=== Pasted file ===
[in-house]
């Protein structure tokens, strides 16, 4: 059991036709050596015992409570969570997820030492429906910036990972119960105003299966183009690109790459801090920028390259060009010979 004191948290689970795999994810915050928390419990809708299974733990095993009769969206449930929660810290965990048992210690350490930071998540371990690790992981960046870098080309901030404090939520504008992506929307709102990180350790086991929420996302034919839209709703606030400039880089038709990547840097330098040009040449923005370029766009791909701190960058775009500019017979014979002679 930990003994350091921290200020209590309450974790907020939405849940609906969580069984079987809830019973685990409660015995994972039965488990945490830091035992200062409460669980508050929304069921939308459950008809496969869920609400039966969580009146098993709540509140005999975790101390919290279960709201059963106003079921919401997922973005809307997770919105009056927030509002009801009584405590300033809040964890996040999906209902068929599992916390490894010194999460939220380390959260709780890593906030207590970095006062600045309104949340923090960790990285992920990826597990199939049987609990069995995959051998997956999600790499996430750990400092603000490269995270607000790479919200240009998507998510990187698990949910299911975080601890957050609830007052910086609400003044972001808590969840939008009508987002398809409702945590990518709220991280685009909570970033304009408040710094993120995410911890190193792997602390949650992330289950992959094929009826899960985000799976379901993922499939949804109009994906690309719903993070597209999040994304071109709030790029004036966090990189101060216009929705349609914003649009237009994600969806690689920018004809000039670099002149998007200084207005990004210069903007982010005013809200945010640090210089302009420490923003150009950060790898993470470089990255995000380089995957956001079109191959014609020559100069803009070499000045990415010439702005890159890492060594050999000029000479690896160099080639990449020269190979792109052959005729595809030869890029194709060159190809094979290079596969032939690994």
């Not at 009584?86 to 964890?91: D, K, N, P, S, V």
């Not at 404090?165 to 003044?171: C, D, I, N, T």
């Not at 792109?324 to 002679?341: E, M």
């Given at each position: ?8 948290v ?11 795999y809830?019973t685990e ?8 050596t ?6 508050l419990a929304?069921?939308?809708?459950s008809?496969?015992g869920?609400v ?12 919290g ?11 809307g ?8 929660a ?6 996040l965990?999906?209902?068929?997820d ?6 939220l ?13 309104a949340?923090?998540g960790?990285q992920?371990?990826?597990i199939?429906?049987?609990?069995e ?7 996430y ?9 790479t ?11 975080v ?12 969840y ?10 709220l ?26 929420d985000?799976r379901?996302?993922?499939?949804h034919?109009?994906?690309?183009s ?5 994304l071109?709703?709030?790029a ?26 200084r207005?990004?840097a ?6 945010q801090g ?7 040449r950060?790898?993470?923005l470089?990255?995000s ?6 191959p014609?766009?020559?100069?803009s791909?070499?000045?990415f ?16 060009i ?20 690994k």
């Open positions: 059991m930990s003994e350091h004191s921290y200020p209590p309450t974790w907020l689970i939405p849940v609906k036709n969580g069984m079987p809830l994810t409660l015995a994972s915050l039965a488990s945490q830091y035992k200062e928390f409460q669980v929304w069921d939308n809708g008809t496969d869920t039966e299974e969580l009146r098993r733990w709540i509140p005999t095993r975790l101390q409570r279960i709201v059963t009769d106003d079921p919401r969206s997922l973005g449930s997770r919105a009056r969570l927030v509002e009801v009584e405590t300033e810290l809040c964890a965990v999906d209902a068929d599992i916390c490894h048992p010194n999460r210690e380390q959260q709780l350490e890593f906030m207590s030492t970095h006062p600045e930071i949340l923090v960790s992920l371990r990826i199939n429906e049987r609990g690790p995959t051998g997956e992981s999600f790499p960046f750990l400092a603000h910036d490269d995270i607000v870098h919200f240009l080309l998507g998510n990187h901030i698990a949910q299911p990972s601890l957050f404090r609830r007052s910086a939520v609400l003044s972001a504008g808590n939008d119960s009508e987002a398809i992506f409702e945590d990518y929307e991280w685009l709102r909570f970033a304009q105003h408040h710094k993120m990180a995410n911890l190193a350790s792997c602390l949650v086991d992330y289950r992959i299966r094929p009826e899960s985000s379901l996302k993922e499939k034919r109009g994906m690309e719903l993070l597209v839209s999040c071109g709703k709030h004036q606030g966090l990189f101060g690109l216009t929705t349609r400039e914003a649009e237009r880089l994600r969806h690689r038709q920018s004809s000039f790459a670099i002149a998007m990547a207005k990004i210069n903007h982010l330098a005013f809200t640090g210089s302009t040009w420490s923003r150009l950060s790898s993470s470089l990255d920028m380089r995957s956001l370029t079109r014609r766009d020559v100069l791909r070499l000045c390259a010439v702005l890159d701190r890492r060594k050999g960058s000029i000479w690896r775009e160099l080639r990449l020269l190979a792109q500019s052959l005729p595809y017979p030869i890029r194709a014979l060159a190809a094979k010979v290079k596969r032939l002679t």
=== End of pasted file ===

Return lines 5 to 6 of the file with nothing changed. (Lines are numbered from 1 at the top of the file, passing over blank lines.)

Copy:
């Not at 792109?324 to 002679?341: E, M």
């Given at each position: ?8 948290v ?11 795999y809830?019973t685990e ?8 050596t ?6 508050l419990a929304?069921?939308?809708?459950s008809?496969?015992g869920?609400v ?12 919290g ?11 809307g ?8 929660a ?6 996040l965990?999906?209902?068929?997820d ?6 939220l ?13 309104a949340?923090?998540g960790?990285q992920?371990?990826?597990i199939?429906?049987?609990?069995e ?7 996430y ?9 790479t ?11 975080v ?12 969840y ?10 709220l ?26 929420d985000?799976r379901?996302?993922?499939?949804h034919?109009?994906?690309?183009s ?5 994304l071109?709703?709030?790029a ?26 200084r207005?990004?840097a ?6 945010q801090g ?7 040449r950060?790898?993470?923005l470089?990255?995000s ?6 191959p014609?766009?020559?100069?803009s791909?070499?000045?990415f ?16 060009i ?20 690994k």